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joerobson
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22 minutes ago, Strad O Various Jr. said:

I had read about how soaking with linseed oil made the violin lighter, I tried it on a stripped violin, that had quite a few cracks, suffice it to say that the violin was a loss, unrepairable because of the effects of the soaked in linseed oil.

I think Michelman describes it in his book about Cremonese varnish.

However, he didn't soak it in linseed oil. Though I never tried it in an experiment weighting a violin before and after, it seems that the linseed oil should be very diluted with turpentine. Michelman explains the effect of loosing weight that water in the wood is driven out when treated like this (and maybe in combination with sunlight.)

 

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I experimented with a variety of ground systems, including POP, ground POP mixed as a linseed oil paste, diluted hide glue, and bunch of other things I can no longer recall.

When I thought about what I wanted a ground to do, the choice became much simpler:

1. seal the surface so applications of colored varnish will not streak, blotch or soak into the wood;

2. remove the "whiteness" from the bare wood due to light diffusion off the "rough" surface and allow the fine grain detail to become visible;

3. provide a surface that will stick to both oil and spirit varnish.

I get all of these features with dewaxed shellac diluted with ethyl alcohol until it is watery. A commercial product, like Zinsser Clearcote, diluted 2 to to 1 by volume works well. Or one can use any colored shellac product that is diluted 2 to 1 by volume and allowed to stand so the wax settles to the bottom. I believe this is roughly a 1/2lb to 1lb cut of dried shellac.

One to two quick coats is usually all that is needed to obtain the desired results.

 

Edited by ctanzio
grammar correction
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13 minutes ago, Strad O Various Jr. said:

There is no shellac or seedlac products found in analysis of Stradivari varnish, only in later added over varnish  surface treatments

True, but again this topic is not strictly about what constitutes the "original" Cremona grounds. It's an open discussion on grounding techniques and materials.

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1 hour ago, Strad O Various Jr. said:

If you soak a violin in linseed oil to the point where it soaks at least halfway into the wood, you won't be able to glue cracks that appear because the linseed oil spoils the ability of the hide glue to attach to the surfaces, early in my career I had read about how soaking with linseed oil made the violin lighter, I tried it on a stripped violin, that had quite a few cracks, suffice it to say that the violin was a loss, unrepairable because of the effects of the soaked in linseed oil.

I probably wouldn't recommend "soaking" a violin with linseed oil, but when I've applied linseed oil very sparingly (like with a cotton cloth only slightly moistened with thickened oil), and I dried it right away under UV to minimize penetration, there were some nice optical effects.  With long-enough exposure to UV, it got rather hard, bordering on brittle.

I will speculate that 17th century Cremona had  lot of dust in the air, from both street traffic and nearby heavily agricultural areas, so whether or not calcium or silicon dioxide (which make up most of the earth's crust) were deliberately or accidentally incorporated, I hesitate to say.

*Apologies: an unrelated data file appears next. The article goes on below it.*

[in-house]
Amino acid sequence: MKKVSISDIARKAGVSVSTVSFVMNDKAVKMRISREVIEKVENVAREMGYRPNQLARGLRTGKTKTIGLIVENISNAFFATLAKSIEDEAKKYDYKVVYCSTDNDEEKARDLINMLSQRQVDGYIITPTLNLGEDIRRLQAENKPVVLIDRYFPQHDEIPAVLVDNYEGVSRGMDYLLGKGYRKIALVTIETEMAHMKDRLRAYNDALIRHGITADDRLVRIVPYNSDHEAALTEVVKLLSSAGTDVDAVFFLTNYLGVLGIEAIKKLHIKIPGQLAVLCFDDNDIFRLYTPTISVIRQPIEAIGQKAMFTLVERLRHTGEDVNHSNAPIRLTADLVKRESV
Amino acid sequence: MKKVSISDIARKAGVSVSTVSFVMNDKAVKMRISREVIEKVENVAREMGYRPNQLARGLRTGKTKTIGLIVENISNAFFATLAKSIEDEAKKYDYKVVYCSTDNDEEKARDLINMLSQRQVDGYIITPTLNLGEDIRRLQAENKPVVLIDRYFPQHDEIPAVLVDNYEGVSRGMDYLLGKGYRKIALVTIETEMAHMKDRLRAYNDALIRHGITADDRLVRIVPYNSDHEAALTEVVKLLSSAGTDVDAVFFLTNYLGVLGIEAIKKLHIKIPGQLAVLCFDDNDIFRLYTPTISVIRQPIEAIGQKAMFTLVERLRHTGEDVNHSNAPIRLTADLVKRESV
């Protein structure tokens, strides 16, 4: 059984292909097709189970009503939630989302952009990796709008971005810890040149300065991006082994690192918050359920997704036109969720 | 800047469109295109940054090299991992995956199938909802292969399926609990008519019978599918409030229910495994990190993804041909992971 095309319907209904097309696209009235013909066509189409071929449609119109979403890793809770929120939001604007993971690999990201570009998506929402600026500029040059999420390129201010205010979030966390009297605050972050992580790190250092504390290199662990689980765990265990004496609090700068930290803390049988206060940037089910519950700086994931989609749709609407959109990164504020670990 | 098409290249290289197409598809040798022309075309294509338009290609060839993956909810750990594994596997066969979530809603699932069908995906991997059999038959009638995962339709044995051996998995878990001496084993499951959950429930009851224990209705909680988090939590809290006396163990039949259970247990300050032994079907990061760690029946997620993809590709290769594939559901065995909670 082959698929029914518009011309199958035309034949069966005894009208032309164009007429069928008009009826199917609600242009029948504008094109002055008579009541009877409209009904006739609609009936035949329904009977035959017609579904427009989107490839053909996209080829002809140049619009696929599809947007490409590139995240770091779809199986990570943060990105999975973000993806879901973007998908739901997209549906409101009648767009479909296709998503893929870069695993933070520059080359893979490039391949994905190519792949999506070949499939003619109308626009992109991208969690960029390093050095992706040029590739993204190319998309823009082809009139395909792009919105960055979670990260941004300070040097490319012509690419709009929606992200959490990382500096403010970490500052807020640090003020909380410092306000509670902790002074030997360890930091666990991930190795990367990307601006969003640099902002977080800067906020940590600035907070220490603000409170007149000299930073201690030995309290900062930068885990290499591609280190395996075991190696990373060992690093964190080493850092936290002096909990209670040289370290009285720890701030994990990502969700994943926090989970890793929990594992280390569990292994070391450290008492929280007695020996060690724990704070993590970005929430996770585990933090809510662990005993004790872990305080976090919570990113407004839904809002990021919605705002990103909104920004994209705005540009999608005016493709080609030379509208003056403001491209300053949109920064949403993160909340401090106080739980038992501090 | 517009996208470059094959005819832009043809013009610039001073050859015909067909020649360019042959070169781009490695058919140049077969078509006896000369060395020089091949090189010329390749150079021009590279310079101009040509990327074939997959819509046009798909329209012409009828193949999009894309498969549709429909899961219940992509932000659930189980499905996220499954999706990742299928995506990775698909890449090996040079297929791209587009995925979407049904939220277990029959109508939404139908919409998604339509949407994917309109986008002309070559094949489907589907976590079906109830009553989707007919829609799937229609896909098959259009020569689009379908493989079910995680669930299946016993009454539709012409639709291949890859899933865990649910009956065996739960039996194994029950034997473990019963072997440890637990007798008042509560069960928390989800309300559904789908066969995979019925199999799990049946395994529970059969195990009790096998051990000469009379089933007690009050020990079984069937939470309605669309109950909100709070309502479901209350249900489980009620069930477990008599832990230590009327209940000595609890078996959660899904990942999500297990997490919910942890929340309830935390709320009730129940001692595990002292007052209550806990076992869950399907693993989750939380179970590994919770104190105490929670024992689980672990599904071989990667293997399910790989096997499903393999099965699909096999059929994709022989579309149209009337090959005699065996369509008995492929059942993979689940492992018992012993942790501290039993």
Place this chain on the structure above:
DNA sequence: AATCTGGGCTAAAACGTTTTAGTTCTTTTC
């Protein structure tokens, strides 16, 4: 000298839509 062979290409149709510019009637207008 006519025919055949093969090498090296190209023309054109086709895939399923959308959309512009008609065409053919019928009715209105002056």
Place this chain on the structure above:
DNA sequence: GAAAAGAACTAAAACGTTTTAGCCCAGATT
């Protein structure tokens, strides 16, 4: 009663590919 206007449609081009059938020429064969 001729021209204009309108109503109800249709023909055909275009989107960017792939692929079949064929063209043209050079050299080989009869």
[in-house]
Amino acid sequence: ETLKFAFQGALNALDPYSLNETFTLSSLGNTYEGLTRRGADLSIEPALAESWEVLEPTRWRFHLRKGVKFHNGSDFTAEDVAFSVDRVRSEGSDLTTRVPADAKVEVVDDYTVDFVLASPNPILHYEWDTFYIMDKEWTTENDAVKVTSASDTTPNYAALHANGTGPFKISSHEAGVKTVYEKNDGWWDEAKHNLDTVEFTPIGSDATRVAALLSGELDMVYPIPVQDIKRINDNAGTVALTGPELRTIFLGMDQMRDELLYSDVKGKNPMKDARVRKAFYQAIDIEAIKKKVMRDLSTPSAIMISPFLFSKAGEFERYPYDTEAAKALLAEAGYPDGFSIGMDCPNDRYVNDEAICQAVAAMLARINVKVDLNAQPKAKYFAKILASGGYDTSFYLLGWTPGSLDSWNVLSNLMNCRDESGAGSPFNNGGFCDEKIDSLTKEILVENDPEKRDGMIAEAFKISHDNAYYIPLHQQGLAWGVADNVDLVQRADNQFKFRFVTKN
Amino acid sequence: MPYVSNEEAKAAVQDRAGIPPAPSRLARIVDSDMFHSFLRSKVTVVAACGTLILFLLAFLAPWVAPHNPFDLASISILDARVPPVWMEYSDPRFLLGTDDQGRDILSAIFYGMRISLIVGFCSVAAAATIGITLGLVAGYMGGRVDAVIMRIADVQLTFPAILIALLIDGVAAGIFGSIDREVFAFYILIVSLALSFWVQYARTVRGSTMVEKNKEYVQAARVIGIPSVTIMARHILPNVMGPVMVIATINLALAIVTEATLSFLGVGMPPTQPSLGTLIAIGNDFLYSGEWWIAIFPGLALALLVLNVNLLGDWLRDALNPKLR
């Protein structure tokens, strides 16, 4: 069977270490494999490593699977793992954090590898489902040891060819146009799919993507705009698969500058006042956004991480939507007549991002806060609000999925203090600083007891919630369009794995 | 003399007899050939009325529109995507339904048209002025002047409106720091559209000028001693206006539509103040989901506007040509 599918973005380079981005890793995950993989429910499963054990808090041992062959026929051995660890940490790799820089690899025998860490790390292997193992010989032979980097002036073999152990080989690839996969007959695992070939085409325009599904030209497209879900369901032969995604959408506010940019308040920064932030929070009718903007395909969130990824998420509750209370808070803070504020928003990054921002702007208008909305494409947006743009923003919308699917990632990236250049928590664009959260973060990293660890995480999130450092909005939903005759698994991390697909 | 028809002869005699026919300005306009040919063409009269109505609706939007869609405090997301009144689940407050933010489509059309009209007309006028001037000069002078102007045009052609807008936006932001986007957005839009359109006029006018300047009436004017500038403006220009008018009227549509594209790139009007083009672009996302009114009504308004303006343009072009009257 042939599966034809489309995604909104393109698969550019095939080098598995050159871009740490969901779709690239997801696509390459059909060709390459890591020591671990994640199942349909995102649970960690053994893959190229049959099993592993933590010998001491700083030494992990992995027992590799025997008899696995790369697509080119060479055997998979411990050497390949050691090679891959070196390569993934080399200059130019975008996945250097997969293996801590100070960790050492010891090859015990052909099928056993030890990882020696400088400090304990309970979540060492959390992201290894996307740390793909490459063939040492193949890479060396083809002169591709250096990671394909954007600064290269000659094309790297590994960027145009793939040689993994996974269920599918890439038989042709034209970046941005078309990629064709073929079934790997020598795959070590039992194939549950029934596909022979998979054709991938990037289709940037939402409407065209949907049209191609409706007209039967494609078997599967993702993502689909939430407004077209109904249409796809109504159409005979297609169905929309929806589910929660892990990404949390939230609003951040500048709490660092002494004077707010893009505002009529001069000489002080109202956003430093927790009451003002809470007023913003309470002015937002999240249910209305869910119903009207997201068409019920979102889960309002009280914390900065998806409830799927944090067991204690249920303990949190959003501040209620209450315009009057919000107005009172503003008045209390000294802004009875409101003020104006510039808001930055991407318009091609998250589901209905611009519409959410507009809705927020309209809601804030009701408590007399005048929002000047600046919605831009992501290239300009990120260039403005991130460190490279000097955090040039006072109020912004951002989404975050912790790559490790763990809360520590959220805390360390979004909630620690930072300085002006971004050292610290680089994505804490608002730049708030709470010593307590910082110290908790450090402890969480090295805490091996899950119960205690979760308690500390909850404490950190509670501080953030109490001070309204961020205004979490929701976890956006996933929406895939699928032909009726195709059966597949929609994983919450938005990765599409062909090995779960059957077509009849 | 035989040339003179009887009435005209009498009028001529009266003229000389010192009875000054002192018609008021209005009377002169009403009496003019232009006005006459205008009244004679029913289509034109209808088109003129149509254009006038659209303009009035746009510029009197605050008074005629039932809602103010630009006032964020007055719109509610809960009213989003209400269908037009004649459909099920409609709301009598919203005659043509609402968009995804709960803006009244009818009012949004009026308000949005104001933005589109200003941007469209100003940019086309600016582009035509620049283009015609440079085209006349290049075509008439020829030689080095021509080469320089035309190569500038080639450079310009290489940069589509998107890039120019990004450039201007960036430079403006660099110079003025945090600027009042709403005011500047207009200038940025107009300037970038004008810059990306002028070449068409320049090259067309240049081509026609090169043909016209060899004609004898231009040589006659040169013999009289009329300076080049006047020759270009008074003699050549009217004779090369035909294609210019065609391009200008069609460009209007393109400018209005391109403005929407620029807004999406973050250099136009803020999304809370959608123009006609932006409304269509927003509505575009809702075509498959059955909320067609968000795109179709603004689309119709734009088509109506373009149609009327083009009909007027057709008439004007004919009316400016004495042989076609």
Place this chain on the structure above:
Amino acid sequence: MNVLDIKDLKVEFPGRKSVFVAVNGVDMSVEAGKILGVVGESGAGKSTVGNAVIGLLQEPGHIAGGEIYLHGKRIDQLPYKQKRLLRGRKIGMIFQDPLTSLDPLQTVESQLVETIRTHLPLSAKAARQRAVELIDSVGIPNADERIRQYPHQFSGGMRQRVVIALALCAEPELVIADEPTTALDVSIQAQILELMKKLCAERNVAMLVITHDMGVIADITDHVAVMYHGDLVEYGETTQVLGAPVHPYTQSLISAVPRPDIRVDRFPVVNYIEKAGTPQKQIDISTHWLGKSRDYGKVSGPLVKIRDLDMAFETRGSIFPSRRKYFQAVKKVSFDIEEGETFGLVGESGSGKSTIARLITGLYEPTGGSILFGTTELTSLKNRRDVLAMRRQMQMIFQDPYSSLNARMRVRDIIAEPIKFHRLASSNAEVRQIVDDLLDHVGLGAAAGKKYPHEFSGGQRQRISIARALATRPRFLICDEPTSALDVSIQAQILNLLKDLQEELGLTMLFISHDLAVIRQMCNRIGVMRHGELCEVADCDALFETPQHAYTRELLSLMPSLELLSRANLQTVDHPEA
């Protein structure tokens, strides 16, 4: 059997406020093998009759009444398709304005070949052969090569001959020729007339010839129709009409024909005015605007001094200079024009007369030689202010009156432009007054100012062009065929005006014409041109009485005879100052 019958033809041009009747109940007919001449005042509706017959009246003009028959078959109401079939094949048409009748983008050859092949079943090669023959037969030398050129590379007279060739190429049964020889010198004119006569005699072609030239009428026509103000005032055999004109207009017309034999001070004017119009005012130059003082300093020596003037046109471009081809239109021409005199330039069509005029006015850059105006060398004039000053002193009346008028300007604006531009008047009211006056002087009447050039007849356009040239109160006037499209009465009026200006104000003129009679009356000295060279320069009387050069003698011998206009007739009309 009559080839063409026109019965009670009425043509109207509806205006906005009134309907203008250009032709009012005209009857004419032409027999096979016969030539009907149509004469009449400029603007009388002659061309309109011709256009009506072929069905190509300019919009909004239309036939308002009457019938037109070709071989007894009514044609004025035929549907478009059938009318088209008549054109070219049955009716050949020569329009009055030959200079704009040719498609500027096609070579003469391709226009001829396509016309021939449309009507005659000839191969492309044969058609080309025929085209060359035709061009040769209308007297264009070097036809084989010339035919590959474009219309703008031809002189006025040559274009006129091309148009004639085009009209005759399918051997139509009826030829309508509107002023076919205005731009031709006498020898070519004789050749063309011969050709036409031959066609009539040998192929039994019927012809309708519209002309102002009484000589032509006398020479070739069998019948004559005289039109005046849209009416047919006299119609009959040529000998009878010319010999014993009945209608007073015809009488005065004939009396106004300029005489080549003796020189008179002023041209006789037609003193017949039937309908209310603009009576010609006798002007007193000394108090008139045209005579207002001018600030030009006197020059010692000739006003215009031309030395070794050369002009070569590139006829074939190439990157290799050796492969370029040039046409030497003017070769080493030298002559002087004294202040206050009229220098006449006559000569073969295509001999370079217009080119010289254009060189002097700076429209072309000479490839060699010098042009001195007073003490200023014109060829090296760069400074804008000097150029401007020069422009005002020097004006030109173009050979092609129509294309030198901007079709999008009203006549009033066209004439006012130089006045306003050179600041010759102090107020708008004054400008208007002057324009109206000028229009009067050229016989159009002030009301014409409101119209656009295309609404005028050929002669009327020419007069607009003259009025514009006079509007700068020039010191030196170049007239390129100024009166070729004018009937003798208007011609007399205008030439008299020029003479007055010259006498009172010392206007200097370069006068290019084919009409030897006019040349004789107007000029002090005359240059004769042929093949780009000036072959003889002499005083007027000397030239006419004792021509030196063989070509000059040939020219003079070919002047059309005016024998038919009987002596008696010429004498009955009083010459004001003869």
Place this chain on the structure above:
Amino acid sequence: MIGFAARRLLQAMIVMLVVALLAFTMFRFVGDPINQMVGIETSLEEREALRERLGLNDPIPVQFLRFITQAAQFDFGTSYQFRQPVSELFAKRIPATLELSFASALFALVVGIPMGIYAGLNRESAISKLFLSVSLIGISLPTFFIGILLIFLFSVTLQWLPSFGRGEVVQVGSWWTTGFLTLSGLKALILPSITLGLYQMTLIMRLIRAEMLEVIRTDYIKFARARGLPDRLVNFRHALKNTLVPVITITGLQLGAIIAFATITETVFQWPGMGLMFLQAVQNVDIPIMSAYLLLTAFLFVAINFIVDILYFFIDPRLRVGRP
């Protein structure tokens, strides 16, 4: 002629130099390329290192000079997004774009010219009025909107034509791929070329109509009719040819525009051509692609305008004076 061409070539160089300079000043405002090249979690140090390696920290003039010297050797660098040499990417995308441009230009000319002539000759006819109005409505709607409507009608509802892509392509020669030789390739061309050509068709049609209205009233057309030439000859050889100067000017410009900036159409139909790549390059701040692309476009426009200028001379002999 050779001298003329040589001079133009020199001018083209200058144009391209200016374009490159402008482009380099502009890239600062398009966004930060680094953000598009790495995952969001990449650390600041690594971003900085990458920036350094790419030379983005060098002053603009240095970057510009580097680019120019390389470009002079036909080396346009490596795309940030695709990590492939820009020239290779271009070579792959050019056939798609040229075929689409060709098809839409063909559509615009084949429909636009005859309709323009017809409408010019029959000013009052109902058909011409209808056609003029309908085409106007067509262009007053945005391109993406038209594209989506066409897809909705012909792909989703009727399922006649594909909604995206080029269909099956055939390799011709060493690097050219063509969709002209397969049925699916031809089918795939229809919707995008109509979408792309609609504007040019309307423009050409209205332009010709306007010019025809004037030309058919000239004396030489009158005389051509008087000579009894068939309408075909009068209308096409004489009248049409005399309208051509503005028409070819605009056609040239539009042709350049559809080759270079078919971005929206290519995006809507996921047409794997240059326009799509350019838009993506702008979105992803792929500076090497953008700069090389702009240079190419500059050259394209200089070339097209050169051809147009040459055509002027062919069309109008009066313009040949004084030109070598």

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20 minutes ago, Strad O Various Jr. said:

The book I was reading was advocating soaking the violin in linseed oil, to where it actually came out on the inside, very bad idea I would say.

Yes, as was noted earlier this was a method advocated by Joseph Michelman. It does not produce good acoustic results. It is my hypothesis that this section of his book is in large part responsible for the near wholesale dismissal of his work by much of the trade, along with the general instability of his cold mixed varnishes. 

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4 hours ago, Strad O Various Jr. said:

If you soak a violin in linseed oil to the point where it soaks at least halfway into the wood, you won't be able to glue cracks that appear because the linseed oil spoils the ability of the hide glue to attach to the surfaces, early in my career I had read about how soaking with linseed oil made the violin lighter, I tried it on a stripped violin, that had quite a few cracks, suffice it to say that the violin was a loss, unrepairable because of the effects of the soaked in linseed oil.

Tiny amounts. That's how it should be done.

 

4 hours ago, uncle duke said:

I recall the first time I applied varnish on wood thinking I had already had the surface sealed/grounded.  The wood soaked it up like a sponge and I felt it just wasn't right for that to happen.  

A thicker bodied varnish probably would be o.k. though - my stuff is pretty thin viscosity wise.

I seal the wood with raw Linseed oil of quite low viscosity. It's the amount that counts. I don't know why this is such a mystery.

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2 hours ago, JacksonMaberry said:

Yes, as was noted earlier this was a method advocated by Joseph Michelman. It does not produce good acoustic results. It is my hypothesis that this section of his book is in large part responsible for the near wholesale dismissal of his work by much of the trade, along with the general instability of his cold mixed varnishes. 

He used huge amounts. His method was plain silly. Why is this such a mystery?

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3 hours ago, David Burgess said:

I probably wouldn't recommend "soaking" a violin with linseed oil, but when I've applied linseed oil very sparingly (like with a cotton cloth only slightly moistened with thickened oil), and I dried it right away under UV to minimize penetration, there were some nice optical effects.  With long-enough exposure to UV, it got rather hard, bordering on brittle.

I will speculate that 17th century Cremona had  lot of dust in the air, from both street traffic and nearby heavily agricultural areas, so whether or not calcium or silicon dioxide (which make up most of the earth's crust) were deliberately or accidentally incorporated, I hesitate to say.

I don't use UV, I just rub the surface to help drying and prevent too much penetration. It's not as much fun as it sounds but it works.

 

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On 6/5/2021 at 7:46 AM, Jim Bress said: